They said it their way...

21st March 1997 at 00:00
Much of the fun and games of politics is down to the politicians themselves. Here, speaking largely in their own words, are the stars of the past 18 years. Noble aspirations, wild predictions and ignominious U-turns have been visited equally on both sides, with painful honesty dwindling as spin-doctors have increasingly exerted iron control. There has been one major difference: the Conservatives, being in power, can claim their policies have borne fruit. At best, most Labour education spokespeople can only claim to have had their ideas stolen by the Conservatives.

Mark Carlisle, 1978-82. Apparently never in Mrs Thatcher's good books but was never quite sure why.

"Last century it may have been the accepted wisdom that the independent schools aimed to turn out the leaders of society and the maintained schools the followers. That sort of philosophy is not relevant in the Britain of today. " October 1980.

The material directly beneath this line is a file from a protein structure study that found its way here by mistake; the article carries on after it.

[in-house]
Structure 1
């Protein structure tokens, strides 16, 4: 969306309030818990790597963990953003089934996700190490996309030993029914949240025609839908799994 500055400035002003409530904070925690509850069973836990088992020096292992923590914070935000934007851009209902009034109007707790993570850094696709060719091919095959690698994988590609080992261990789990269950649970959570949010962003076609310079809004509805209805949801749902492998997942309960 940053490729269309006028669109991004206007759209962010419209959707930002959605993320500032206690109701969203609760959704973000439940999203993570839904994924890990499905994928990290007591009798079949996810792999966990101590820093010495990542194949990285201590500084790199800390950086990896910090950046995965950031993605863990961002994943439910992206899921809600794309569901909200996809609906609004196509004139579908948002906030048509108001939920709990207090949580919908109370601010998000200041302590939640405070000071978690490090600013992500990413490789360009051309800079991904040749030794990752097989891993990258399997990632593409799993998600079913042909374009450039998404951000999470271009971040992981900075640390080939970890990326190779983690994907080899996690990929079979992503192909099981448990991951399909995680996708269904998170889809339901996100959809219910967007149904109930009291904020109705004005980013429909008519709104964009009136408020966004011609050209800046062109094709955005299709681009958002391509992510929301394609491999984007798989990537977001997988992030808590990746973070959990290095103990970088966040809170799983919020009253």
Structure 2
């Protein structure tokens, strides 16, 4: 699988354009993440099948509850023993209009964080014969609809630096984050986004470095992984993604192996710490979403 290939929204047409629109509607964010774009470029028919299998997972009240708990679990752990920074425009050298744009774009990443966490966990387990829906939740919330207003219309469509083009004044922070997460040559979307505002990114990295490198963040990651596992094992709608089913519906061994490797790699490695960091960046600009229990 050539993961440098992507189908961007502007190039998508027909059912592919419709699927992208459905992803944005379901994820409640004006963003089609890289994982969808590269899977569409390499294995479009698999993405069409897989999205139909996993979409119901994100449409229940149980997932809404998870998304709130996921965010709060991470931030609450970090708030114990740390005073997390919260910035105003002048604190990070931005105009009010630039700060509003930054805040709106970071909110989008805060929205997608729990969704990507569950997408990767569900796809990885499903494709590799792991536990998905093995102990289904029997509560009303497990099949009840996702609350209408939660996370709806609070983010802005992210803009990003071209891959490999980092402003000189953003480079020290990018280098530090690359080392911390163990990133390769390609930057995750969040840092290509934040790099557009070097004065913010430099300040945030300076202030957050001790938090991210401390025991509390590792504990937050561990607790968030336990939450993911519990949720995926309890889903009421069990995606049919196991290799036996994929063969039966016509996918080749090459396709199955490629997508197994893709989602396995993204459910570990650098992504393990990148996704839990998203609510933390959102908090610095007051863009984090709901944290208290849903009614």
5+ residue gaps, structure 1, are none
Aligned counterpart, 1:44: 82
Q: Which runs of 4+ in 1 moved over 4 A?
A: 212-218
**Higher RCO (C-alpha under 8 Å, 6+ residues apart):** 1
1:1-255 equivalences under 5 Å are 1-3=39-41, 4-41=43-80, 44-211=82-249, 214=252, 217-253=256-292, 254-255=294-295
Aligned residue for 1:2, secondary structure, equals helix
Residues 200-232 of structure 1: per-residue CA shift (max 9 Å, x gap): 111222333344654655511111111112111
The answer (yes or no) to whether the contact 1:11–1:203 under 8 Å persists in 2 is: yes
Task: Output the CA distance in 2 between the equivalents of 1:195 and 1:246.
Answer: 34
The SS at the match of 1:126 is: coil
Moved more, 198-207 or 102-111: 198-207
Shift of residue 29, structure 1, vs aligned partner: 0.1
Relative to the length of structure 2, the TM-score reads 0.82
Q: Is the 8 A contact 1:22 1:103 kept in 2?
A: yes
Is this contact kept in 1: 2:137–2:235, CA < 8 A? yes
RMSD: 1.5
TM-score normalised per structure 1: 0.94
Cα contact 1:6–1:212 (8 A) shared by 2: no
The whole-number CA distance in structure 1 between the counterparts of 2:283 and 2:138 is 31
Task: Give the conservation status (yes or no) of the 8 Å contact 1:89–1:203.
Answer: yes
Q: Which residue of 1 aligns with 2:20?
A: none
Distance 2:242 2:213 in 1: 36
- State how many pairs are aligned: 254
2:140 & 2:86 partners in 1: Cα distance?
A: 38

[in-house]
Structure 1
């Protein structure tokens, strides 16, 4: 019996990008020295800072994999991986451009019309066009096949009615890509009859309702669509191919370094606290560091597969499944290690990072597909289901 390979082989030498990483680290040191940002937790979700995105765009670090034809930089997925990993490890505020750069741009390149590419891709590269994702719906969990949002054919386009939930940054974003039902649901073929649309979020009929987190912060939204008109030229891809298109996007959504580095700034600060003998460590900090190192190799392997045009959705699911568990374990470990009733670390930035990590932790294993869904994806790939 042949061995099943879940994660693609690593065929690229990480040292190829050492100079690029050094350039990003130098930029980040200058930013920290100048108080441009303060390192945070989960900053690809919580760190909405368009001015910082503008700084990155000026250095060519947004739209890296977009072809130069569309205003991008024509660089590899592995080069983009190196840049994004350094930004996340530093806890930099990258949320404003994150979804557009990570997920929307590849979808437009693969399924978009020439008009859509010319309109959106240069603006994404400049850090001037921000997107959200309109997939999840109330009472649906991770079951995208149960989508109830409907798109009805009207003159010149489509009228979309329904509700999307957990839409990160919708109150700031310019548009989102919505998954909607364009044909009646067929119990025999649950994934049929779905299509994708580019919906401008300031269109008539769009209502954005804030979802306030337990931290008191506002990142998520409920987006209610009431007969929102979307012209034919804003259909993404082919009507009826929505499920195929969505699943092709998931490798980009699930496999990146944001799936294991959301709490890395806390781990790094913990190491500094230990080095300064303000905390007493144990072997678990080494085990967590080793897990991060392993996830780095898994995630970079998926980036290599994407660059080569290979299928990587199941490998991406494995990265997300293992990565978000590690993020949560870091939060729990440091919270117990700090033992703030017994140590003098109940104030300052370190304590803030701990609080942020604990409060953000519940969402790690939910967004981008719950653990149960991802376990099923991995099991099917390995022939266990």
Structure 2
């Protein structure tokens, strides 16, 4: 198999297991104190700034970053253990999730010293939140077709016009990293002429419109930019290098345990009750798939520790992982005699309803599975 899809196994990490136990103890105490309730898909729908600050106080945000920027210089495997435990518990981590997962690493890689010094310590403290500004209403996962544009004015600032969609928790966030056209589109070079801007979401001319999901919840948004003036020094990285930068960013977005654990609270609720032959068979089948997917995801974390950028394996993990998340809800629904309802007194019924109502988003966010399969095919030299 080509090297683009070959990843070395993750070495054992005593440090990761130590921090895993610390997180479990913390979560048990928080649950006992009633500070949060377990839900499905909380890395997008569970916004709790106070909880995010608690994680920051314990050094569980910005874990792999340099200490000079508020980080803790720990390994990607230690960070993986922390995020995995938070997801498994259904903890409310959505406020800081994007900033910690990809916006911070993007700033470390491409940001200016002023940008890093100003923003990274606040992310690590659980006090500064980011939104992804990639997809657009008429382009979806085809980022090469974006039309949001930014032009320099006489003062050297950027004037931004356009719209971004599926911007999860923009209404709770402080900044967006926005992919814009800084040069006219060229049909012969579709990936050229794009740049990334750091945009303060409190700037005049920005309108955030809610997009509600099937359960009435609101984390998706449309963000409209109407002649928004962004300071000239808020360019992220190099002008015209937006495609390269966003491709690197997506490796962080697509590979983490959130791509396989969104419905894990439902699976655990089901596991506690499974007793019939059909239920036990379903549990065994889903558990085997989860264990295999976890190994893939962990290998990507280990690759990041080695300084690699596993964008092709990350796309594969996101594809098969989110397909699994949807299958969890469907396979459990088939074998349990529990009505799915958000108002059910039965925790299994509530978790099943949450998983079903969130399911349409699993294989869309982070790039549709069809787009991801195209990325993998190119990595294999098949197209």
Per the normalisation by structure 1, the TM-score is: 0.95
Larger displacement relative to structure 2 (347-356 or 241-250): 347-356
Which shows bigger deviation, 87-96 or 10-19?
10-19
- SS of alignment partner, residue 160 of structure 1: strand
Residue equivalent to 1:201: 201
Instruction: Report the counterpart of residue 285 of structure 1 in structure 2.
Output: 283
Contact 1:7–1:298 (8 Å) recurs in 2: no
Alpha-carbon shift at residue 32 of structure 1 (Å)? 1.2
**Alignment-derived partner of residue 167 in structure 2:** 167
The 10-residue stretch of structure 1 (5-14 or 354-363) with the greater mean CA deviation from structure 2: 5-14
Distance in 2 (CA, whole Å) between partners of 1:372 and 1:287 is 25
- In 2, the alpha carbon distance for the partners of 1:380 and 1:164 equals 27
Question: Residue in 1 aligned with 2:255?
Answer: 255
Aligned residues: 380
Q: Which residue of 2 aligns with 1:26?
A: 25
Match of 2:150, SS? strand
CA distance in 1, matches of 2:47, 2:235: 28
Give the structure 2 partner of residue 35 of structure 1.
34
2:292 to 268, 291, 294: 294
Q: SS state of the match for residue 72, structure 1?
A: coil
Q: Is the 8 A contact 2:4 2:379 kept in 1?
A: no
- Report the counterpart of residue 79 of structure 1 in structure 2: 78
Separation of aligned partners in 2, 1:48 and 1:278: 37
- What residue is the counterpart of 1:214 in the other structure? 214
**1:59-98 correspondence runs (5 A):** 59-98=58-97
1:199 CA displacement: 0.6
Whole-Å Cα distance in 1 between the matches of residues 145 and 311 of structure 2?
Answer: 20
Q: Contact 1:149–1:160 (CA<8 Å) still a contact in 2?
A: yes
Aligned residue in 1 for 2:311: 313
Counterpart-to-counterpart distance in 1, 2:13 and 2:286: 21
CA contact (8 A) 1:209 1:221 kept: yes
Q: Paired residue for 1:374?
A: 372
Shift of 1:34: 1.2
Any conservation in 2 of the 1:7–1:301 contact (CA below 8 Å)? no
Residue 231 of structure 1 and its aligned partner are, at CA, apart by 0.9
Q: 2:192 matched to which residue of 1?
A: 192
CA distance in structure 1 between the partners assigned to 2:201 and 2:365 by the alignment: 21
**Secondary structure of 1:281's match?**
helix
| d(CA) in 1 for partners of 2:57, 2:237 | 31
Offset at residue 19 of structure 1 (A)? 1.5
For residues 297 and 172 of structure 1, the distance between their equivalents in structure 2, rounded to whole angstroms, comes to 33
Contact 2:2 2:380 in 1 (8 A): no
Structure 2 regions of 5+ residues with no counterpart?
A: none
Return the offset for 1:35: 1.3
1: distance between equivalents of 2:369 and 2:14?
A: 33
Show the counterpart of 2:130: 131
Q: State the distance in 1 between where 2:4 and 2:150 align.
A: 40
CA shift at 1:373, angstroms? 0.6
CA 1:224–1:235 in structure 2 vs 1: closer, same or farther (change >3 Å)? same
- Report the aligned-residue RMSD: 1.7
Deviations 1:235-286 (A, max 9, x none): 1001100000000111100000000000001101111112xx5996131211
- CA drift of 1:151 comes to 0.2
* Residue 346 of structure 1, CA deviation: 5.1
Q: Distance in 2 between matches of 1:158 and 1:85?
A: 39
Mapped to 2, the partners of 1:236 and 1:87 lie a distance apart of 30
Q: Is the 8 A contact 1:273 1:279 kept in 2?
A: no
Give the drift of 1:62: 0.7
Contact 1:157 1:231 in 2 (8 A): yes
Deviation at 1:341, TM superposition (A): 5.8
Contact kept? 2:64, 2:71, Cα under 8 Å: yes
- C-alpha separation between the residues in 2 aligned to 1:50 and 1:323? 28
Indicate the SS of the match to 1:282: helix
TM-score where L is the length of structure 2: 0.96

Sir Keith Joseph, 1982-1986. Thinker, arch-monetarist, a Thatcherite before Mrs Thatcher. Widely known as the Mad Monk.

"There is no link between the quality of education and spending policy - within limits." October 1981.

"Oh, I'm a bogeyman. There are one or two apprentice bogeymen who are doing rather well. That fellow Norman Tebbit, for example." 1983.

Kenneth Baker, May 86-July 1989. The TES reports that he wants civil servants' briefings to be of one paragraph with no sentence of more than three lines. The main points should be highlighted. The Department of Education and Science does not issue highlighting pens.

"Parents do not want teachers forcing what is called 'positive images for gays' on innocent children. They want traditional values and a framework of discipline." February 1987.

"I do not intend to rush the introduction of the national curriculum. I shall ensure that every step towards it is sure-footed." January 1988.